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Disability Prevalence among Adults: Estimates for 54 Countries and Progress towards a Global Estimate

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Author Info

  • Sophie Mitra

    (Fordham University)

  • Usha Sambamoorthi

    (West Virginia University)

Abstract

Objectives: We estimated disability prevalence among adults at global, regional and country levels using internationally comparable disability data and measure. Methods: We conducted a retrospective analysis of data from the World Health Survey (WHS) (2002--2004) for nationally representative samples of civilian, non-institutionalized populations in 54 countries. A disability was measured as having at least one severe or extreme difficulty with bodily functions (seeing, concentrating) and activities (moving around, self--care) based on an individual's self-reports. Results: In the 54 countries under study, severe or extreme functional or activity difficulties are highly prevalent. For all countries, disability prevalence is estimated at 14% for all adults. Low and middle income countries have higher disability prevalence compared to high income countries. Among subgroups, disability prevalence stands at 12% amon working age adults and 39% among the elderly. Women have higher prevalence than men. Conclusions: Disability is found to be highly prevalent among adults, with an estimated global prevalence at 14%. Disability deserves enhanced policy attention and resources in public health and international development.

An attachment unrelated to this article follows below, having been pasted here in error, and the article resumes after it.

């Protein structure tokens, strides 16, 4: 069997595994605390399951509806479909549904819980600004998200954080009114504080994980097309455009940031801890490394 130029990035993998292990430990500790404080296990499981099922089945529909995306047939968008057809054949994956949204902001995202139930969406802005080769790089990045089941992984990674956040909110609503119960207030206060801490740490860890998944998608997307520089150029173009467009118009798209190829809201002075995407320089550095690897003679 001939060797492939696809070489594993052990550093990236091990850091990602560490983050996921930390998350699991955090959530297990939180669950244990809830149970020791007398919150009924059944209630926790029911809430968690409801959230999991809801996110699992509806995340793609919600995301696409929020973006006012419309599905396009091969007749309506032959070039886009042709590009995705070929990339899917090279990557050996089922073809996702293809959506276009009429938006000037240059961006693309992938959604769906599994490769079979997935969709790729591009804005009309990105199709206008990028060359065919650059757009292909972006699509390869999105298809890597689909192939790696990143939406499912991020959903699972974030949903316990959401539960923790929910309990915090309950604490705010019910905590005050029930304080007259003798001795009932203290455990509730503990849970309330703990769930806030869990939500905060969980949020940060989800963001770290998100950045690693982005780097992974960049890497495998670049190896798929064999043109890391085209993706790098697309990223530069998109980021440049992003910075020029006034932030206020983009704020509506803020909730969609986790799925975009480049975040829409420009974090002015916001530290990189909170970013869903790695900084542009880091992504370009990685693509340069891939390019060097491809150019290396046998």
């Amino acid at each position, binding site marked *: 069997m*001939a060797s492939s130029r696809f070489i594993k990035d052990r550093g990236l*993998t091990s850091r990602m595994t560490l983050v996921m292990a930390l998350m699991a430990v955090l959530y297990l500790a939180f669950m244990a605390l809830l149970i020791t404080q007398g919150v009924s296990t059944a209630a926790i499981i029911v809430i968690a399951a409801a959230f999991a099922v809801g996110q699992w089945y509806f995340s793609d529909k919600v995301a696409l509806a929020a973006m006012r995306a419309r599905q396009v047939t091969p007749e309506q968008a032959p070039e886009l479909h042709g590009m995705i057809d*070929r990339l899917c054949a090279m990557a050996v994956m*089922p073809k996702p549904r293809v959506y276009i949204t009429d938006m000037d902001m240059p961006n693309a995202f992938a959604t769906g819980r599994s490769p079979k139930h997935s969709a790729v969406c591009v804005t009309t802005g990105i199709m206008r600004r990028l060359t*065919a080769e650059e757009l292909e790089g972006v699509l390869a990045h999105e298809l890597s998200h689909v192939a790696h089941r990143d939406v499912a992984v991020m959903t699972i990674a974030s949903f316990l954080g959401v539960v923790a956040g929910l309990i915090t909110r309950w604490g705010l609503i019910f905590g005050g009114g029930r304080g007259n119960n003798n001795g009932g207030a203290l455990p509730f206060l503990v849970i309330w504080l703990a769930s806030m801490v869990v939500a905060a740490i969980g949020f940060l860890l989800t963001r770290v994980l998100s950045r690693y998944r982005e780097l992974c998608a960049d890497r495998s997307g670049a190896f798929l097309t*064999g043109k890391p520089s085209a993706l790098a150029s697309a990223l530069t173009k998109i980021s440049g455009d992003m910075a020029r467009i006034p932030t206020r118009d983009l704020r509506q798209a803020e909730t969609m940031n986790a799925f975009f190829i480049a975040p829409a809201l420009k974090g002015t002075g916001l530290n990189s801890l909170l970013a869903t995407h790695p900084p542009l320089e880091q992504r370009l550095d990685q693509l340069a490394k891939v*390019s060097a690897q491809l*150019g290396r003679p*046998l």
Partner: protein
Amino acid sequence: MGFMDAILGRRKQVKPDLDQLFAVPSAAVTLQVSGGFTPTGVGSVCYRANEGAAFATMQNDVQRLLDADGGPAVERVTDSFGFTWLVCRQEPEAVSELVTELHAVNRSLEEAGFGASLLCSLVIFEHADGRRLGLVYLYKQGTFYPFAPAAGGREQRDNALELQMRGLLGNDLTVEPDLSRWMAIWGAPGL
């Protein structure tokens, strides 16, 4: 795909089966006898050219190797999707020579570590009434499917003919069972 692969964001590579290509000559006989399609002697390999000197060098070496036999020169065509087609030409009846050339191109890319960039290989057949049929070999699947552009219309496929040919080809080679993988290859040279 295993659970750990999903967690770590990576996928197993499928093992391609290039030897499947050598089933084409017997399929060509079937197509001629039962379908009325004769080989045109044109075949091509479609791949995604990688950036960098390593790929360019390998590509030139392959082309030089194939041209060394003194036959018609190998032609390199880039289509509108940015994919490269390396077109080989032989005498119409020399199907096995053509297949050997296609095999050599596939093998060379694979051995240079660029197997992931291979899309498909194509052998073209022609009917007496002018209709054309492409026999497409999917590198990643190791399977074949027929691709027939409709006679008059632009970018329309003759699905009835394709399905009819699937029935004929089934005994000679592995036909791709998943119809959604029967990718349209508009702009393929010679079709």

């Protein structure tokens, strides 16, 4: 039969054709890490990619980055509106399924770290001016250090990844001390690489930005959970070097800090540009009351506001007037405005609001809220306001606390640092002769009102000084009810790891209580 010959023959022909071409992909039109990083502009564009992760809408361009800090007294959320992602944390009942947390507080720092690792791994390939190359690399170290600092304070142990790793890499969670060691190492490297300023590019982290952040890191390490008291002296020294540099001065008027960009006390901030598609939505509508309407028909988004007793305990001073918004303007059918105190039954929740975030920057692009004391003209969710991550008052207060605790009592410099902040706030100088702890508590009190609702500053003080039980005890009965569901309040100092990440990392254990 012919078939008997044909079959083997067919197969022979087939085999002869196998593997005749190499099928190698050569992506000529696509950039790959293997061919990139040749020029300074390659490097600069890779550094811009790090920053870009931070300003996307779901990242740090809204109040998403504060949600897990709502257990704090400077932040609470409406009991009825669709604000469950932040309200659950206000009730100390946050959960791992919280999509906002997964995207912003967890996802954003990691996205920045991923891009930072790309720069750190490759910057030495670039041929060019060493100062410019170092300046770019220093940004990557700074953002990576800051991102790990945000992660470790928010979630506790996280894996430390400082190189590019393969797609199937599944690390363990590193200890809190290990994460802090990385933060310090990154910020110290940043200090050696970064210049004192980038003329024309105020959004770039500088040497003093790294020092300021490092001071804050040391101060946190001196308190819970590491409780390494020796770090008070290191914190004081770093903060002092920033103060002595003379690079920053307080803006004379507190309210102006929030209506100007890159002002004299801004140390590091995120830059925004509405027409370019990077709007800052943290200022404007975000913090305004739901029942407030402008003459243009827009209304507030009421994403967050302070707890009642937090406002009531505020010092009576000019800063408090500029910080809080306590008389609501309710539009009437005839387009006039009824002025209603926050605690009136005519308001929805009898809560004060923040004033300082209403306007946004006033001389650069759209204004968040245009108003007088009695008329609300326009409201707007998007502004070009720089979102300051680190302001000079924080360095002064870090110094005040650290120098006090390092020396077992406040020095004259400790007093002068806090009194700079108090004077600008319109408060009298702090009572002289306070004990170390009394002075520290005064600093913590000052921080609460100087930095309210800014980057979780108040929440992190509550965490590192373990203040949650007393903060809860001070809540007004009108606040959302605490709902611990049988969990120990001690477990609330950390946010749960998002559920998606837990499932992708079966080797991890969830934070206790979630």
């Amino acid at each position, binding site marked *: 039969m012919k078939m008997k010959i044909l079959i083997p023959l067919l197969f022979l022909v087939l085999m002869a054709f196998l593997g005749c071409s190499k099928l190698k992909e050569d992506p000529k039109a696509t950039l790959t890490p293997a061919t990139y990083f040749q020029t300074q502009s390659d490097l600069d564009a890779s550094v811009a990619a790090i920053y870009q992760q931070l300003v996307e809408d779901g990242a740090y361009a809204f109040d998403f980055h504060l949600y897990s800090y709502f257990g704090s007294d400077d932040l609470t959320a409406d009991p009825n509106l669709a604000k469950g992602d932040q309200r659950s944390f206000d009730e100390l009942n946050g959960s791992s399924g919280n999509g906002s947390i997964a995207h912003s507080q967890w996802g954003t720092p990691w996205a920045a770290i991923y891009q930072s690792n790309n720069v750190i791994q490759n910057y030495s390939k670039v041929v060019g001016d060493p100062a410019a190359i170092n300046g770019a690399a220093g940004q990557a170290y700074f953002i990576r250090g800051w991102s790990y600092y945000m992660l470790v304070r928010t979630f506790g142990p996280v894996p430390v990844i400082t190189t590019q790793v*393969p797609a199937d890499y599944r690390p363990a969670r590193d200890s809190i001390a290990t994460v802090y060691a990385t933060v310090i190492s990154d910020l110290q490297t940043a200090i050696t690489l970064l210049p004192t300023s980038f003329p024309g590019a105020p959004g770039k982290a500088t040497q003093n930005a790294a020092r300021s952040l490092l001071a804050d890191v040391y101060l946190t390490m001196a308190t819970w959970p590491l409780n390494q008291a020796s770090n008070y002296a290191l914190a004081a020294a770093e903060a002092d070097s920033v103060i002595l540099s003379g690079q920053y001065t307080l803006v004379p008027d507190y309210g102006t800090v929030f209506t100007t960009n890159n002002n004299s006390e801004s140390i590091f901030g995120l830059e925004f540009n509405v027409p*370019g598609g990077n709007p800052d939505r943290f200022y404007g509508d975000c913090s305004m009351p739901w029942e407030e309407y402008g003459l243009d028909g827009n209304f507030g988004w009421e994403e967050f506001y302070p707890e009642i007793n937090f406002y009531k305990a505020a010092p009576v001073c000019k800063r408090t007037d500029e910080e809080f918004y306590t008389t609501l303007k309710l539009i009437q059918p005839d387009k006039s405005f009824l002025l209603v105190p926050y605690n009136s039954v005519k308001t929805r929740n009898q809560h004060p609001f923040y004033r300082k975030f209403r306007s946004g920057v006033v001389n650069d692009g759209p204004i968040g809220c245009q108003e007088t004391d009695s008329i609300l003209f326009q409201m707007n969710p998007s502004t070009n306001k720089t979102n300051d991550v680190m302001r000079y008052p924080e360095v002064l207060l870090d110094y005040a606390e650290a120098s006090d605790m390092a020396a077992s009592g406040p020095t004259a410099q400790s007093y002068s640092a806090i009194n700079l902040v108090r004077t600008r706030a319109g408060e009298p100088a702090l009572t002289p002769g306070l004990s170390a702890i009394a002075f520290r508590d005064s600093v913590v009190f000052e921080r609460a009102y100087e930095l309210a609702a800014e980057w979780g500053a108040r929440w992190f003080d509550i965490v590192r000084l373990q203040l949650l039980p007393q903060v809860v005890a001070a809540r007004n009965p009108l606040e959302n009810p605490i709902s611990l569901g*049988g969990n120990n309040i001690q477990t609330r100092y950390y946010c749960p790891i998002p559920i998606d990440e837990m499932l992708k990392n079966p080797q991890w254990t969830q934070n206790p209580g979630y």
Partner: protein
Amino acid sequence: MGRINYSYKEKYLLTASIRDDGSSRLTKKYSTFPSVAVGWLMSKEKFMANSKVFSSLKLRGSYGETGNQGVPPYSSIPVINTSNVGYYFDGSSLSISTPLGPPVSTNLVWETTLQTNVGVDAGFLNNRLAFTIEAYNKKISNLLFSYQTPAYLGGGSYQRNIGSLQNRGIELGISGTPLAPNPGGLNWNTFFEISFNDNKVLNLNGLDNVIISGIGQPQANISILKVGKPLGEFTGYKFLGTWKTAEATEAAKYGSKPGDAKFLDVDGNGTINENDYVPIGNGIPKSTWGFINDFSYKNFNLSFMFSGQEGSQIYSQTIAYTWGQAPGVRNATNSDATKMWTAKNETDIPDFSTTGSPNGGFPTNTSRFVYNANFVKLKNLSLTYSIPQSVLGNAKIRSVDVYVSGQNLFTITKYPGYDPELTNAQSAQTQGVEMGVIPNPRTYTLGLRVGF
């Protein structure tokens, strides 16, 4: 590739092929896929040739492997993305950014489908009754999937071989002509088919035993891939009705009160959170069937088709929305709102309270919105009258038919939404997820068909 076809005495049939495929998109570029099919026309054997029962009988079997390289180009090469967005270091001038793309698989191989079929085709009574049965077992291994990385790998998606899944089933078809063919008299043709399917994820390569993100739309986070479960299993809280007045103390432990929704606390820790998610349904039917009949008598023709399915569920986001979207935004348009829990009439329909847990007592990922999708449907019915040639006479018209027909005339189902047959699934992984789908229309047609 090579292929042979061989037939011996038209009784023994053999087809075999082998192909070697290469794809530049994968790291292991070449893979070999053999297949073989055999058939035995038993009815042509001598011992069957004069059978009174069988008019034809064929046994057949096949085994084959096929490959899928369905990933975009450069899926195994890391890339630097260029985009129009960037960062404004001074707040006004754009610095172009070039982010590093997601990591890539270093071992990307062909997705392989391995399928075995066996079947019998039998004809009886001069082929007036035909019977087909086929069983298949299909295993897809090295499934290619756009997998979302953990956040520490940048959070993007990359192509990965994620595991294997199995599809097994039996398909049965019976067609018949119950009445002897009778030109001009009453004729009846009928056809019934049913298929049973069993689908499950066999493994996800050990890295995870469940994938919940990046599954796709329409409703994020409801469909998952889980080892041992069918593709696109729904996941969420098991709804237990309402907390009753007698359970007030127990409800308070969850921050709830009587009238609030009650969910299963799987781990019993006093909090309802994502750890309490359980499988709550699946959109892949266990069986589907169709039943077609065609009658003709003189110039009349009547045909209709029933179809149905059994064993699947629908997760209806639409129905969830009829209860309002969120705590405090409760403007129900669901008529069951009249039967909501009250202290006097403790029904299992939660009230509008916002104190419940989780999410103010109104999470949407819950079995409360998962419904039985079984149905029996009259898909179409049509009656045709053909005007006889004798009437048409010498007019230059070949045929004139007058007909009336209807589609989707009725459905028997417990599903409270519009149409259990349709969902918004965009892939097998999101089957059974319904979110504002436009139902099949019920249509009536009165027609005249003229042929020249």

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Bibliographic Info

Paper provided by Fordham University, Department of Economics in its series Fordham Economics Discussion Paper Series with number dp2013-06.

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Date of creation: 2013
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Handle: RePEc:frd:wpaper:dp2013-06

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Web page: http://www.fordham.edu/economics/
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Keywords: Disability prevalence; Development;

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Cited by:
  1. Suguru Mizunoya & Sophie Mitra, 2012. "Is there a Disability Gap in Employment Rates in Developing Countries?," Fordham Economics Discussion Paper Series dp2012_03, Fordham University, Department of Economics.

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